I wouldn’t call what I’m in right now a mid-life crisis, but its a crisis nonetheless. You and I have discussed my desire to move past pretty pictures and toward something more meaningful, both for myself and the viewer. What I’m learning is that its a slower process than one might think, but in crystallizing my own artistic vision, its ultimately a more fulfilling path.


  10. Hi Greg, thank you for sharing some of your personal inner journey. I enjoy the way you do this too on your own blog. From the way you describe it, I wonder if Flickr is the best tool for a landscape photographer. Apparently, it has made the careers of some photographers, but does this boost have staying power? For example I know of a young lady who was launched to international stardom through Flickr but admits herself now that with all of her sudden success, she now feels a little lost, burned out, and blocked in regard to producing new work that has the same high level of impact as that which first made her. I think this can be the danger of anything done very quickly. Our culture places a high value on how fast you get to the top, but if you don’t really know why you are there once you get there, you will soon slump right back down again. Greg, it is clear that you value something more and you are in the process of finding it. Dad used to quote John Ruskin who said there is nothing to be gained by going fast. In a recent video by landscape photography master Jack Dykinga, he emphasizes what is to be gained by slowing down In another video he mentions the influence of Philip Hyde. You can get this one from the Philip Hyde Photography website under the tab PRESS/EVENTS under “YouTube & Other Online Video” or here

  11. Greg Russell says:

    Thanks for the links to the videos, David. I think that although Flickr is a great way to share photos, it doesn’t really go too far beyond that. Although my website has several hundred images on it, I am coming more to the conclusion that one of the best venues to share landscape images (or any other type for that matter) is on a blog or some sort of journal where the artist can discuss what the image means to them, or relate it to some sort of inner musing.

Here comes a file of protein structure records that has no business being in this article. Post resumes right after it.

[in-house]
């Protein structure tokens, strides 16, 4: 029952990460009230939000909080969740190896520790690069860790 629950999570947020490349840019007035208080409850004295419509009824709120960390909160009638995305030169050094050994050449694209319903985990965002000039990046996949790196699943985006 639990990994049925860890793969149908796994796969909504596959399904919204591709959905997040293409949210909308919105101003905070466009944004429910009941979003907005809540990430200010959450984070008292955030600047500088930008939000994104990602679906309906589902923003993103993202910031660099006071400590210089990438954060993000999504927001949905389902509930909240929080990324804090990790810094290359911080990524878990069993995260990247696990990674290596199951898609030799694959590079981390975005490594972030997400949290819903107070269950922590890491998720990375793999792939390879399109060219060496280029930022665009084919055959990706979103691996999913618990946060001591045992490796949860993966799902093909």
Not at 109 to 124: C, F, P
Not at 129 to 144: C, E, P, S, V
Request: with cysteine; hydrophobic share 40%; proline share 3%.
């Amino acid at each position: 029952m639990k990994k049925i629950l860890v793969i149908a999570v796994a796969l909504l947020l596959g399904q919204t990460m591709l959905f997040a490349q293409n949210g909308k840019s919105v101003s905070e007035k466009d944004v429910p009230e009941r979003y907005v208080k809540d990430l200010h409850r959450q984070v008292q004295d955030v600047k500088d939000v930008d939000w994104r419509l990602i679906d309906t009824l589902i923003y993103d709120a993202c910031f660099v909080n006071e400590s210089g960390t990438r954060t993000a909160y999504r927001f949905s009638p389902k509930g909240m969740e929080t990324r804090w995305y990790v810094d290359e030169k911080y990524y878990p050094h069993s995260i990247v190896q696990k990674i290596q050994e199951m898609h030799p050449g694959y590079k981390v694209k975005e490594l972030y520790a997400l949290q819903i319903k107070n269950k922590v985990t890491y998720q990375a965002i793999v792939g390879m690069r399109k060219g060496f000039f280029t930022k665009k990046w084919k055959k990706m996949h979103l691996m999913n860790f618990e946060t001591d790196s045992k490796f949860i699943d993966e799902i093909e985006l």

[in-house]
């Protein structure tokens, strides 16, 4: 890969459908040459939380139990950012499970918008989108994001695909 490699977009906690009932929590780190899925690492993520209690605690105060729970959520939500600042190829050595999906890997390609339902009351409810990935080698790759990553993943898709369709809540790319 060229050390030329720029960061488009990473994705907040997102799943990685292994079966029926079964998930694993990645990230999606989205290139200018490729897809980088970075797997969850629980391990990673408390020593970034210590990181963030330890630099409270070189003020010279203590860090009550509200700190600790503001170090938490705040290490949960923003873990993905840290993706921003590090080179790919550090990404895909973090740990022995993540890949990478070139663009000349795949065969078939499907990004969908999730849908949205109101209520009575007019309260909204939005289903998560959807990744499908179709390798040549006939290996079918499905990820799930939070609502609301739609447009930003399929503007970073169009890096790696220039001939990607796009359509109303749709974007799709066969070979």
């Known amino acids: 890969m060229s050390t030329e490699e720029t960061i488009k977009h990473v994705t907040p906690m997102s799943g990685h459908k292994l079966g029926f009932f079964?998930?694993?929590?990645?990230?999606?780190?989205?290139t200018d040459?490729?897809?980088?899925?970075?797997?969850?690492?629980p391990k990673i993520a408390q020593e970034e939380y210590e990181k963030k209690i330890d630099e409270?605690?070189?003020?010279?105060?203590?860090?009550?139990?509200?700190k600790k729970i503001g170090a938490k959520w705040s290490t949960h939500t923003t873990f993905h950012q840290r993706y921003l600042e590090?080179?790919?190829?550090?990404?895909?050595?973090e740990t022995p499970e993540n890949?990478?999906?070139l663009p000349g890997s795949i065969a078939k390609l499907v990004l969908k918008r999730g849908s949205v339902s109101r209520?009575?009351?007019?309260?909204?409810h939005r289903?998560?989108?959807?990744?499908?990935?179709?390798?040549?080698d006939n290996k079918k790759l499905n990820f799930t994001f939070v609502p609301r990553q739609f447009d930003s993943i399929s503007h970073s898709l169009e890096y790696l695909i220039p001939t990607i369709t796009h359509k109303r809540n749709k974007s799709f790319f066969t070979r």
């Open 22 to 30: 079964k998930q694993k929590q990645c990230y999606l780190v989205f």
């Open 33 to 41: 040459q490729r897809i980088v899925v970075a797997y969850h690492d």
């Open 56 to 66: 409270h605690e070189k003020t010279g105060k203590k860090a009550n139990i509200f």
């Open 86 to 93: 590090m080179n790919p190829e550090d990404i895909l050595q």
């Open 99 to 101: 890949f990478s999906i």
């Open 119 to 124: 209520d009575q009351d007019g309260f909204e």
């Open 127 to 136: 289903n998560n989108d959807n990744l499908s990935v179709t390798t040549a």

I’m not saying that’s the *only* way to present images–not by a longshot–but as a photographer who enjoys looking at other artists’ work on a regular basis, I enjoy that format the most.

    As far as speed of advancement in the field, I am happy to be gaining friends and fans in an organic, old-fashioned way. The pace may appear glacial to some, but I’m okay with that…

  12. Thank you, Greg for the discussion. The photography blogosphere is fun, isn’t it? I agree that blogging is one of the best ways for people to get to know you and your work. However, the effectiveness of the sharing depends on your goals. A living can be earned from photography many ways. The main two for my father’s work and the full-time landscape photographers I know are through stock licensing rights and fine art prints. I still get requests for Dad’s photographs, though this was impeded by confusion while publishers and buyers were contacting the University of California. Now that is over and all requests for Dad’s work come to Philip Hyde Photography. I handle specific requests here and there, but am not yet geared up to attract a significant flow of purchases of licensing rights. Many photographers who are set up to make a living from licensing rights have a link from their main website to a separate stock site, or to a stock agency. Art Wolfe’s and Carr Clifton’s websites are good examples. Of course print sales happen through many avenues but with Dad’s work for now I am sticking mainly to galleries and the Philip Hyde Photography website. My father for some time opposed putting his images online because he imagined they would be floating around all over without him being able to regulate how they were used or whether he was compensated. If he had lived long enough to learn about online marketing, he would probably be all for it and would enjoy what we are doing too. You are using Flickr as a form of advertising for your photographs and in that sense it works to share them that way without some form of compensation, as long as sales eventually follow. Of course the business strategy of photographers early in their career is different from those who have a name built, but I would be wary of lots of sharing without compensation because it can devalue the work. Part of what makes the photography blogosphere worth-while is networking and finding out who is doing what and what works in a variety of scenarios. The marketing of landscape photography, or anything else for that matter, is changing right before us and the future will be interesting.